Abstract We investigate two classes of conditions for galaxy quenching at 0.5 < z < 2.5 based on the structural scaling relations of galaxies in the five Cosmic Assembly Near-infrared Deep Extragalactic Legacy Survey (CANDELS) fields: the formation of a compact core and the environment. We confirm that in the entire redshift range, massive quiescent galaxies (M∗> 1010M⊙) have much higher stellar mass surface densities within the central 1 kpc (Σ1) and smaller sizes than star-forming galaxies in the same stellar mass range. In addition, the quiescent fractions significantly increase with the increase of Σ1 regardless of whether galaxies are centrals or satellites. In contrast, we find that the overall lower-mass quiescent galaxies (M∗ <∼ 1010M⊙) have slightly higher Σ1 and comparable sizes compared to star-forming galaxies of the same mass and at the same redshift. At z < 1.5, satellites have higher halo masses and larger quiescent fractions than those of centrals at a given Σ1 (stellar mass). Our findings indicate that the significant growth of the galaxy cores is closely related to the quenching of massive galaxies since z ∼ 2.5, while the environmental effect plays an important role in the quenching of low-mass galaxies at z ≾1.5.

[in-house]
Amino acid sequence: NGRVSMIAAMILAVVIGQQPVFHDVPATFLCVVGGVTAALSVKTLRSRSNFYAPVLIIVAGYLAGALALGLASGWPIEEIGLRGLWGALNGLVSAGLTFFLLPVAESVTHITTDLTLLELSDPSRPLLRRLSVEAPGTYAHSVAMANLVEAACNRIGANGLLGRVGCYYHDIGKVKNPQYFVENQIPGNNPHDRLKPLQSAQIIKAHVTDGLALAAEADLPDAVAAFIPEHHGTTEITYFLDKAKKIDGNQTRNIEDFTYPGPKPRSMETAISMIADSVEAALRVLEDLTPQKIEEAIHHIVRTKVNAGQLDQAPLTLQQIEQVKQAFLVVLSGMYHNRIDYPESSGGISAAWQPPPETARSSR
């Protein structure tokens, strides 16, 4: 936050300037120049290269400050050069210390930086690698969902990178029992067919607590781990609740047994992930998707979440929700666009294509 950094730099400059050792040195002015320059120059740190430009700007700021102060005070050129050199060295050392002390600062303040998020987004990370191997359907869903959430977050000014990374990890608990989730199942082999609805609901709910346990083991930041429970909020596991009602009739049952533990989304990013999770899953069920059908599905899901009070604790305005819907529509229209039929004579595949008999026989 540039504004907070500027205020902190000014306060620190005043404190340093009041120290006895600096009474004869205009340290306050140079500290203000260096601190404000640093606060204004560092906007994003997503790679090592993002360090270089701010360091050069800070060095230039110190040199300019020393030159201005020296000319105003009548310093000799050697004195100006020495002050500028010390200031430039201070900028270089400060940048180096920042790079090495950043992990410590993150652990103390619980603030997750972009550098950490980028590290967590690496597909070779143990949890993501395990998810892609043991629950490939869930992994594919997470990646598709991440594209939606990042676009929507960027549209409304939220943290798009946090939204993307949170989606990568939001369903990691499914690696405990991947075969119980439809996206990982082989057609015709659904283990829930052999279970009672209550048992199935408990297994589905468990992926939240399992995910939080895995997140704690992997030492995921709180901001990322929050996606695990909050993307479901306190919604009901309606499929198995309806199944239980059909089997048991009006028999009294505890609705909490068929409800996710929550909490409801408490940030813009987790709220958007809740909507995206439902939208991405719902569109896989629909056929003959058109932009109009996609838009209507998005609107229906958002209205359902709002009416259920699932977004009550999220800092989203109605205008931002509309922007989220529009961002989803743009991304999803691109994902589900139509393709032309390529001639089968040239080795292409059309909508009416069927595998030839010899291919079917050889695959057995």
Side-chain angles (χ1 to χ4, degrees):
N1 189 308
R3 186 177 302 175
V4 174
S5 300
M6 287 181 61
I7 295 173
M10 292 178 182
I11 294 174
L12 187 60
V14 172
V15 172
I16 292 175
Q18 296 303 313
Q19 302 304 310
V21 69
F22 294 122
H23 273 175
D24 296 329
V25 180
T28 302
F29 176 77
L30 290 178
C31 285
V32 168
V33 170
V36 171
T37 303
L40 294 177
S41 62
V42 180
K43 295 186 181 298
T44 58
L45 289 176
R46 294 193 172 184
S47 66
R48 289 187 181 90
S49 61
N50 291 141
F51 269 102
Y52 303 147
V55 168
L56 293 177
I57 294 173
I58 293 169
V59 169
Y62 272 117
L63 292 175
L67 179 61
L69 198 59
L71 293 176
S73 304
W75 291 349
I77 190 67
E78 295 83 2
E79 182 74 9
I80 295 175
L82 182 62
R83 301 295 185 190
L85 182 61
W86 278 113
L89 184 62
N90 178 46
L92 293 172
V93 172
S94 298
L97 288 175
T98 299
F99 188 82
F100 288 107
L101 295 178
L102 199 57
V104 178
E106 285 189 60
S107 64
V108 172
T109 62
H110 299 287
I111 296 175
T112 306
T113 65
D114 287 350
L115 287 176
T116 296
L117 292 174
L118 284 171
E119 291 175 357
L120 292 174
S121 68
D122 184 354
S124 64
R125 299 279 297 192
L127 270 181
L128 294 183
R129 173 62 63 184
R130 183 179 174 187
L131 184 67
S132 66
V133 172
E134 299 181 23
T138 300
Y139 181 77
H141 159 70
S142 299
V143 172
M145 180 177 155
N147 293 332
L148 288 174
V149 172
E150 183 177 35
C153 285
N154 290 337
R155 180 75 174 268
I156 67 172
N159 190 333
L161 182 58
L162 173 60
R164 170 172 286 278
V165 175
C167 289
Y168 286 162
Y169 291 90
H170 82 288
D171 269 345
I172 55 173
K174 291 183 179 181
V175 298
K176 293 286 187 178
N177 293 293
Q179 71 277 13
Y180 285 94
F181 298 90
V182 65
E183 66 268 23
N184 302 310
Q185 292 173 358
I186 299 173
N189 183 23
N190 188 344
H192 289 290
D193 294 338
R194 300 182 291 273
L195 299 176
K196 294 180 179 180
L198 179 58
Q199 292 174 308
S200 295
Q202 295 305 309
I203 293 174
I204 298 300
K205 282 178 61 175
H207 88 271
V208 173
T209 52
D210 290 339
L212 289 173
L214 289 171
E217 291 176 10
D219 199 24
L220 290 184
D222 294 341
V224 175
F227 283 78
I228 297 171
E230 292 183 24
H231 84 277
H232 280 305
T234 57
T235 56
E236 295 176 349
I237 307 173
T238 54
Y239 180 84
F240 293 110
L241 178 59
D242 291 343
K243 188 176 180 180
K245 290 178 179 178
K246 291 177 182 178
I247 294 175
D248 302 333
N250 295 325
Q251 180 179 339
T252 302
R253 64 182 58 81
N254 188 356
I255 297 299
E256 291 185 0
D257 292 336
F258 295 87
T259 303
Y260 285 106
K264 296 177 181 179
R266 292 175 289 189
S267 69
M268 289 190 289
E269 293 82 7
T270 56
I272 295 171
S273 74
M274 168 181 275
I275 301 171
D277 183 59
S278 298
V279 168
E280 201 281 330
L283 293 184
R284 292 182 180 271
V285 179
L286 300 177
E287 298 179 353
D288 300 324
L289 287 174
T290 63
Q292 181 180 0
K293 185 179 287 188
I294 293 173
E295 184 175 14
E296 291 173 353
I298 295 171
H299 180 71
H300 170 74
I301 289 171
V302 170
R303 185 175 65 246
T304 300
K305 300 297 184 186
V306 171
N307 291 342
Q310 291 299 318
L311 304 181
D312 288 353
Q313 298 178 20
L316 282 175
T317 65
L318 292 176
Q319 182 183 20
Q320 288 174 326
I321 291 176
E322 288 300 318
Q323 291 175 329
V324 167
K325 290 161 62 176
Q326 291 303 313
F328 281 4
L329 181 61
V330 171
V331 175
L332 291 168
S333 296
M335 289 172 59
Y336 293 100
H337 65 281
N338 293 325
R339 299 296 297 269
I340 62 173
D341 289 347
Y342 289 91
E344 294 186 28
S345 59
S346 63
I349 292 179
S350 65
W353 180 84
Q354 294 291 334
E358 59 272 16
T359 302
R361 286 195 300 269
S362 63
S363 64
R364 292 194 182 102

Keywords galaxies: evolution — galaxies: formation — galaxies: high-redshift
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